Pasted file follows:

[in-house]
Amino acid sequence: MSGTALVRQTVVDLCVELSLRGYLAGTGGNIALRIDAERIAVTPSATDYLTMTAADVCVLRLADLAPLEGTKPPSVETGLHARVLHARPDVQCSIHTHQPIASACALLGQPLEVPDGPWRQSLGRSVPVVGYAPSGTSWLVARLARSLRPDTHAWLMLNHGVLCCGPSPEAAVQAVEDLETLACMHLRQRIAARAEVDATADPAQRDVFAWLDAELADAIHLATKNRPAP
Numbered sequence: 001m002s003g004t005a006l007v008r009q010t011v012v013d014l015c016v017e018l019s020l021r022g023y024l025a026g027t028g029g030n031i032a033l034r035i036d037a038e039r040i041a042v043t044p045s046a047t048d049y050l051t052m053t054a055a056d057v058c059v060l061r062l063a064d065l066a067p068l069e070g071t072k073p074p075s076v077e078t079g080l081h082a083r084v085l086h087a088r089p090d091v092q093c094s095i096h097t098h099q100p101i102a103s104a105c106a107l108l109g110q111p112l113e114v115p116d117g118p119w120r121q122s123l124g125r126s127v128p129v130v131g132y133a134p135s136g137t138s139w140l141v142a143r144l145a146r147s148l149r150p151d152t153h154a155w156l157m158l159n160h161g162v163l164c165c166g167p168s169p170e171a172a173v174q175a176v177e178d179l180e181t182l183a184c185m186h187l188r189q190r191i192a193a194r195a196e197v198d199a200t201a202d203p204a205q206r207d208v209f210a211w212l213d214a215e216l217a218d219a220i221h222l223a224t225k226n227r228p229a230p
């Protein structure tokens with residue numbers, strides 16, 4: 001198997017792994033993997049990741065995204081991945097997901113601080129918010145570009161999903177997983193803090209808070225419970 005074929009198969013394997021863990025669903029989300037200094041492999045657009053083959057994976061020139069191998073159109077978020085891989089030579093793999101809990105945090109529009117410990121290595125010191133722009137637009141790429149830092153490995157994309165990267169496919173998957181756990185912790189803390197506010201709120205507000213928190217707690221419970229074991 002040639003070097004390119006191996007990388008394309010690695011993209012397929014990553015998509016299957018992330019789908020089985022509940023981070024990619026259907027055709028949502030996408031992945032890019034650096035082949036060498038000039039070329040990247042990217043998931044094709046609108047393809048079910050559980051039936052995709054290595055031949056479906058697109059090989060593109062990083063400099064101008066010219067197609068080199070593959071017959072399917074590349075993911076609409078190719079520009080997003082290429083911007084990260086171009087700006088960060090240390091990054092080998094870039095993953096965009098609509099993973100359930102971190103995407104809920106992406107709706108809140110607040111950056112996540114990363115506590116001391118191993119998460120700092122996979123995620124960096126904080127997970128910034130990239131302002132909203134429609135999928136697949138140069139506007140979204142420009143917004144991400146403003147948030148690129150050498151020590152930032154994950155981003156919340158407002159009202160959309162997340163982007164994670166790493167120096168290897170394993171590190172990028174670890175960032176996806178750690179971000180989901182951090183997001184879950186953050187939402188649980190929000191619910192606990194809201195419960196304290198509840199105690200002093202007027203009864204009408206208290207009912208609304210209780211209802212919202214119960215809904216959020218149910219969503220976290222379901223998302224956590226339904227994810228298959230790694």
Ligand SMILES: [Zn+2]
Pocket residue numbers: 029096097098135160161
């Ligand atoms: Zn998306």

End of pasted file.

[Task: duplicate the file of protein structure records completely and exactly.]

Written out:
[in-house]
Amino acid sequence: MSGTALVRQTVVDLCVELSLRGYLAGTGGNIALRIDAERIAVTPSATDYLTMTAADVCVLRLADLAPLEGTKPPSVETGLHARVLHARPDVQCSIHTHQPIASACALLGQPLEVPDGPWRQSLGRSVPVVGYAPSGTSWLVARLARSLRPDTHAWLMLNHGVLCCGPSPEAAVQAVEDLETLACMHLRQRIAARAEVDATADPAQRDVFAWLDAELADAIHLATKNRPAP
Numbered sequence: 001m002s003g004t005a006l007v008r009q010t011v012v013d014l015c016v017e018l019s020l021r022g023y024l025a026g027t028g029g030n031i032a033l034r035i036d037a038e039r040i041a042v043t044p045s046a047t048d049y050l051t052m053t054a055a056d057v058c059v060l061r062l063a064d065l066a067p068l069e070g071t072k073p074p075s076v077e078t079g080l081h082a083r084v085l086h087a088r089p090d091v092q093c094s095i096h097t098h099q100p101i102a103s104a105c106a107l108l109g110q111p112l113e114v115p116d117g118p119w120r121q122s123l124g125r126s127v128p129v130v131g132y133a134p135s136g137t138s139w140l141v142a143r144l145a146r147s148l149r150p151d152t153h154a155w156l157m158l159n160h161g162v163l164c165c166g167p168s169p170e171a172a173v174q175a176v177e178d179l180e181t182l183a184c185m186h187l188r189q190r191i192a193a194r195a196e197v198d199a200t201a202d203p204a205q206r207d208v209f210a211w212l213d214a215e216l217a218d219a220i221h222l223a224t225k226n227r228p229a230p
């Protein structure tokens with residue numbers, strides 16, 4: 001198997017792994033993997049990741065995204081991945097997901113601080129918010145570009161999903177997983193803090209808070225419970 005074929009198969013394997021863990025669903029989300037200094041492999045657009053083959057994976061020139069191998073159109077978020085891989089030579093793999101809990105945090109529009117410990121290595125010191133722009137637009141790429149830092153490995157994309165990267169496919173998957181756990185912790189803390197506010201709120205507000213928190217707690221419970229074991 002040639003070097004390119006191996007990388008394309010690695011993209012397929014990553015998509016299957018992330019789908020089985022509940023981070024990619026259907027055709028949502030996408031992945032890019034650096035082949036060498038000039039070329040990247042990217043998931044094709046609108047393809048079910050559980051039936052995709054290595055031949056479906058697109059090989060593109062990083063400099064101008066010219067197609068080199070593959071017959072399917074590349075993911076609409078190719079520009080997003082290429083911007084990260086171009087700006088960060090240390091990054092080998094870039095993953096965009098609509099993973100359930102971190103995407104809920106992406107709706108809140110607040111950056112996540114990363115506590116001391118191993119998460120700092122996979123995620124960096126904080127997970128910034130990239131302002132909203134429609135999928136697949138140069139506007140979204142420009143917004144991400146403003147948030148690129150050498151020590152930032154994950155981003156919340158407002159009202160959309162997340163982007164994670166790493167120096168290897170394993171590190172990028174670890175960032176996806178750690179971000180989901182951090183997001184879950186953050187939402188649980190929000191619910192606990194809201195419960196304290198509840199105690200002093202007027203009864204009408206208290207009912208609304210209780211209802212919202214119960215809904216959020218149910219969503220976290222379901223998302224956590226339904227994810228298959230790694």
Ligand SMILES: [Zn+2]
Pocket residue numbers: 029096097098135160161
């Ligand atoms: Zn998306």